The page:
aluminum which is described in the given figure.

Figure3: Relative Structural Efficiency of Aircraft Materials figure


reproduced from Campbell 2004, cited in Campbell, 2006, p.274
The toughness of the composite is much higher than the toughness of
each component. The reason is the strength of fiber-matrix interface which is
greater than the individual strength. For example brittle material glass fiber
and polyester resin is used to make fiberglass which is tough and strong
composite.
For in-plane loading, stiffness is achieved by using laminated layers or
plies of unidirectional or bidirectional or bi-directional oriented fibers.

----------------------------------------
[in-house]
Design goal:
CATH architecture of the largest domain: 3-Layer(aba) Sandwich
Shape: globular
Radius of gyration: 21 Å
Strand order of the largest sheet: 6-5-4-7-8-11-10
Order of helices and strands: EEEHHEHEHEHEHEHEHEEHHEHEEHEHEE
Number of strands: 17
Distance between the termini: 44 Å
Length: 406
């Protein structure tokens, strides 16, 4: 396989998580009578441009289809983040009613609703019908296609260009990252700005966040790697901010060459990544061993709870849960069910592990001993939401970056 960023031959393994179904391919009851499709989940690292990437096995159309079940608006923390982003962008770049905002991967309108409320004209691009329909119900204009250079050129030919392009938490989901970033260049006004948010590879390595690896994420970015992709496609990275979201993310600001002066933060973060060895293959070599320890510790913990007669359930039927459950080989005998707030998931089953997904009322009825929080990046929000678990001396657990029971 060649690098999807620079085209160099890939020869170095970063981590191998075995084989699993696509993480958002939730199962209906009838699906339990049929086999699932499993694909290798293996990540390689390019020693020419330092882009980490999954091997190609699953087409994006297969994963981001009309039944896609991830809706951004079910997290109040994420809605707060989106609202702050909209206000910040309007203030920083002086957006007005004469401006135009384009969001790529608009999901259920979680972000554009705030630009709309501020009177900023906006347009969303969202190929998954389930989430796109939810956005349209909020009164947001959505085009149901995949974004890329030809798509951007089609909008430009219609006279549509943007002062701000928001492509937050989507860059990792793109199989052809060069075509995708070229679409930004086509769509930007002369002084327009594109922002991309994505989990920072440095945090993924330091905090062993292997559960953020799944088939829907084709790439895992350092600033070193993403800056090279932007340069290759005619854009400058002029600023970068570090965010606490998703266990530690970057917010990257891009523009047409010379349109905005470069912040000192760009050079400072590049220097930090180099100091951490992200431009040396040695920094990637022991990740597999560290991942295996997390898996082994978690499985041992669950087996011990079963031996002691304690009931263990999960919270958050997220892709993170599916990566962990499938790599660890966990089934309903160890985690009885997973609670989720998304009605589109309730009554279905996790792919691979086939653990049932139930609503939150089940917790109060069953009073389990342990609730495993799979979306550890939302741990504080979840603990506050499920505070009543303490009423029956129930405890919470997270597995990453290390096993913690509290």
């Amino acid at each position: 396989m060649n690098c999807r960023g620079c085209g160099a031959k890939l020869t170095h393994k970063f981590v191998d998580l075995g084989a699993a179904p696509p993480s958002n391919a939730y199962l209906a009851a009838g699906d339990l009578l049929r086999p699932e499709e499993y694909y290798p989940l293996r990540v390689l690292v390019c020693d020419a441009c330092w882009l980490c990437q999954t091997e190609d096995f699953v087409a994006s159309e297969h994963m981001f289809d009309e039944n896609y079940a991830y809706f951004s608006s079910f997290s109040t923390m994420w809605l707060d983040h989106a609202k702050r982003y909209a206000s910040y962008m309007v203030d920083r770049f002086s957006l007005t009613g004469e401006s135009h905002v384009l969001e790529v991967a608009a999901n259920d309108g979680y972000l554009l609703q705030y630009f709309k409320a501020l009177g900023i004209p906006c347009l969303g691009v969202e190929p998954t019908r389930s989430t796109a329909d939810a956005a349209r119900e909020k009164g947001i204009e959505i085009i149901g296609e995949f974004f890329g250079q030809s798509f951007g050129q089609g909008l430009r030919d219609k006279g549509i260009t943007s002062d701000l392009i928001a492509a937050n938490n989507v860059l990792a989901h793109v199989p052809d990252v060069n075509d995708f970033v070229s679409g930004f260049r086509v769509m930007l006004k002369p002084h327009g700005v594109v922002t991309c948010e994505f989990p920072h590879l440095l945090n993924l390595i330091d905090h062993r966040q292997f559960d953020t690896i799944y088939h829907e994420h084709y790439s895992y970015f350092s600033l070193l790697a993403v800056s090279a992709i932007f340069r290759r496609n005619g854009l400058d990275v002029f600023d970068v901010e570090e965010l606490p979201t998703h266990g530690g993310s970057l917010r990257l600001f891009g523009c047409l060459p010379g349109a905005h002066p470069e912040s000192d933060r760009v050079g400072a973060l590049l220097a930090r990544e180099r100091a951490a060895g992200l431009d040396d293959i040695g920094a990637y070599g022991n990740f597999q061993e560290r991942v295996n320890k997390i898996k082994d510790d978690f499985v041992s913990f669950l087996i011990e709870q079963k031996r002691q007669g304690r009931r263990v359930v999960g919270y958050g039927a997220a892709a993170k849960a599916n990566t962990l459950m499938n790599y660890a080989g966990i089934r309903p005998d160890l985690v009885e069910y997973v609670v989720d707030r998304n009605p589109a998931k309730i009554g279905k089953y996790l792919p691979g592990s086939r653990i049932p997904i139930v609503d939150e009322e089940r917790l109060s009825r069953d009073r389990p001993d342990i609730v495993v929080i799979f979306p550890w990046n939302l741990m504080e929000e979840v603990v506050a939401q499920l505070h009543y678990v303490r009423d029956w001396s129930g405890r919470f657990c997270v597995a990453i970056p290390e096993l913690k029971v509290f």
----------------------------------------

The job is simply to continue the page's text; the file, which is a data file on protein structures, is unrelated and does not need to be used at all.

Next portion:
Besides, the fatigue strength and corrosion resistance of composites are
higher than other high strength metals. The comparisons of fatigue property
of different materials are described in the figure 4.
On the other hand, composites also have some disadvantages. Raw
material costs of composites are costly. Again, it is highly affected by
temperature and moisture. Though the in-plane load bearing capacity is
high, but in the out of plane direction, load bearing capacity is significantly
low, where the matrix carries the primary load. Moreover, composites are
vulnerable to impact damage. Delaminations or ply separations are also
important defects in composites because the repair work is more difficult
than other metallic structure.

Figure4: Fatigue Properties of Aerospace Materials, figure reproduced from


Campbell 2004, cited in Campbell, 2006, p.275)

Composite Materials :